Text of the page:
The LPGA Shanghai will tee off on Thursday, with the host city hoping a hometown hero might be crowned champion.
China has thrown itself back into hosting major competitions since the abrupt end of its strict zero-Covid policy in December 2022 in an attempt to cement a reputation as a sporting superpower.
International sports bodies have jumped at the chance to re-enter the world’s second-largest economy.
“Having an event like this in a strategically important market for the LPGA is important not just from a commercial tournament standpoint, but also in terms of really growing the game,” the LPGA’s Sean Pyun told AFP.
“Having Shanghai, one of our key marquee events, back on our schedule makes us feel we’re whole again.”
The $2.1-million tournament had only been running for two years when the pandemic struck.
It suffered the same fate as most other major sports events in China and was called off for the next three years.
The headliners for its return include current world No 2 and Shanghai native Yin Ruoning.
Yin (21) won the Women’s PGA Championship in June, becoming only the second Chinese woman to win a Major title after Feng Shanshan in 2012.
Competing against Yin will be Lilia Vu, the American who overtook her as No 1 last month.
Vu’s compatriot Danielle Kang, who won in Shanghai in 2018 and 2019, will defend her title.
Yin was still a junior player and Vu wasn’t able to qualify when Kang won four years ago.
The emergence of a potential Chinese champion is not the only thing that has changed since then, chairman of the China LPGA Tour (CLPGA) TK Pen told AFP.
“Actually, the pandemic was good for golf [in China],” he said.
In contrast to restrictions on indoor activities, people were still allowed on courses outside peak Covid waves.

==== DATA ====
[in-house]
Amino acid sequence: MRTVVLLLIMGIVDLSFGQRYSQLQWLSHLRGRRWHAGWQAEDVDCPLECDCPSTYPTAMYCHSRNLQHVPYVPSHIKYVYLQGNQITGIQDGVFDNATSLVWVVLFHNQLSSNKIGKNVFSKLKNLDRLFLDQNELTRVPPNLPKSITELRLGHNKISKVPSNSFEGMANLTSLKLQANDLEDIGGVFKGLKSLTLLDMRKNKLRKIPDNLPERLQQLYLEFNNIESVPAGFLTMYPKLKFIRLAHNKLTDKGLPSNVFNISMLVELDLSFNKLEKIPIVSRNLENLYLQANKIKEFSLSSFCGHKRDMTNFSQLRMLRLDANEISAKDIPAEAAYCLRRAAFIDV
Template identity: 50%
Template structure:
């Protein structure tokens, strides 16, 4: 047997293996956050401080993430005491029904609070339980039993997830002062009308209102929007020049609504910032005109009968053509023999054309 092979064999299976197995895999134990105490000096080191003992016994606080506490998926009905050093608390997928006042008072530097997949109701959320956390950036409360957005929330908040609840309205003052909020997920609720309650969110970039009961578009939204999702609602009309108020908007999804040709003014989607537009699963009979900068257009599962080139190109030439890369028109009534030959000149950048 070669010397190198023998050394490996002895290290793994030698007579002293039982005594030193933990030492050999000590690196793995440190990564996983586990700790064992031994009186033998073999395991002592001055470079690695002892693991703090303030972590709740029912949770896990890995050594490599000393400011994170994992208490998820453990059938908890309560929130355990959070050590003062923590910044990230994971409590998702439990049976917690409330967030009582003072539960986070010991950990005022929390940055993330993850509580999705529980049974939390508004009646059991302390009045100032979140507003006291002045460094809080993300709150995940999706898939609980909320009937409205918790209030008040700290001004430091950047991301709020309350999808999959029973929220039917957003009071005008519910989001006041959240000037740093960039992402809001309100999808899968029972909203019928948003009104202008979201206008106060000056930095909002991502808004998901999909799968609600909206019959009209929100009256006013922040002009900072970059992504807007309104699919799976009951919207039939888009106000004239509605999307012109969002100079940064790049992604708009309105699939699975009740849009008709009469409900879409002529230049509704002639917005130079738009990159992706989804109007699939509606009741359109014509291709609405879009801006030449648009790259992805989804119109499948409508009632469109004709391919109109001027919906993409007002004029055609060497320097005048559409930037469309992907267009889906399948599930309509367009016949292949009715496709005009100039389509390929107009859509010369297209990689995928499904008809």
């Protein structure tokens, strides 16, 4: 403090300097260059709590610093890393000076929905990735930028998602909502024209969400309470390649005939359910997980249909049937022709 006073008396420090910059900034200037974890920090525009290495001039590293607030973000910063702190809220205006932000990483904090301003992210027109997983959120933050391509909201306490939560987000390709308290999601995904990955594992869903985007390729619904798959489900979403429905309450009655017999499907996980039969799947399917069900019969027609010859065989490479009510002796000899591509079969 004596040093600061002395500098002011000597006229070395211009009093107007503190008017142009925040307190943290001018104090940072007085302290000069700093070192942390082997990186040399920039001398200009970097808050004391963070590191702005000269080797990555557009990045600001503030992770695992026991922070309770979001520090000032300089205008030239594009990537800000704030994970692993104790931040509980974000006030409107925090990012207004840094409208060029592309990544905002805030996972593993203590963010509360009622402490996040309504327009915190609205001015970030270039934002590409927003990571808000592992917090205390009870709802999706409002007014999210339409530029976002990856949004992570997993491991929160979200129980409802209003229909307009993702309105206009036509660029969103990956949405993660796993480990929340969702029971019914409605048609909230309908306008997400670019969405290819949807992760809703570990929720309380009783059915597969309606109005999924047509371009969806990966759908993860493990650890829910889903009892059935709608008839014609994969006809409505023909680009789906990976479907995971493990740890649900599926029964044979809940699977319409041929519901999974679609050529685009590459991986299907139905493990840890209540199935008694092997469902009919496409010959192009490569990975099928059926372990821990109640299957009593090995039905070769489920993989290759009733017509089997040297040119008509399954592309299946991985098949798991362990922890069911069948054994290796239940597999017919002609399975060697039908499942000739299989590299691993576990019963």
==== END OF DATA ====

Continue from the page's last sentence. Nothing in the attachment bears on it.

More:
“There are so many new players,” Pen said. “We thought this year this was going to go down but it didn’t.”
Young people are taking up golf “super fast”, with the number of young players registered with the China Golf Association jumping by 20,000 this year.
The sport is now considered trendy, Pen said, with golf wear seen more on the streets and influencers flocking to courses.
“We actually don’t like it because they slow down the pace of play,” Pen chuckled. “They’re like, taking pictures all the time.”
China still lags behind other countries when it comes to the professional sport, Pen said, particularly when it comes to the number of female players.
“We obviously need new and more golfers, especially women golfers, because they retire so early and so frequently,” Pen said, although he noted the latter was a worldwide phenomenon.
Golf has a complicated history in China, where it was outlawed by the ruling Communist Party until the 1980s.
The government banned new courses in 2004 and has since shut many others, causing a shortage that has hampered talent development, Pen said.
What it lacks in players, China makes up for in rankings.
It has two players in the top 10 women in the world – Yin, and her friend and landlord Lin Xiyu.
“I’m not sure China really understands at this moment how great the young talents that they’re going to be producing for the next five to 10 years are,” said the LPGA’s Pyun. “I think China could really be a global powerhouse in women’s golf, starting now.”
© Agence France-Presse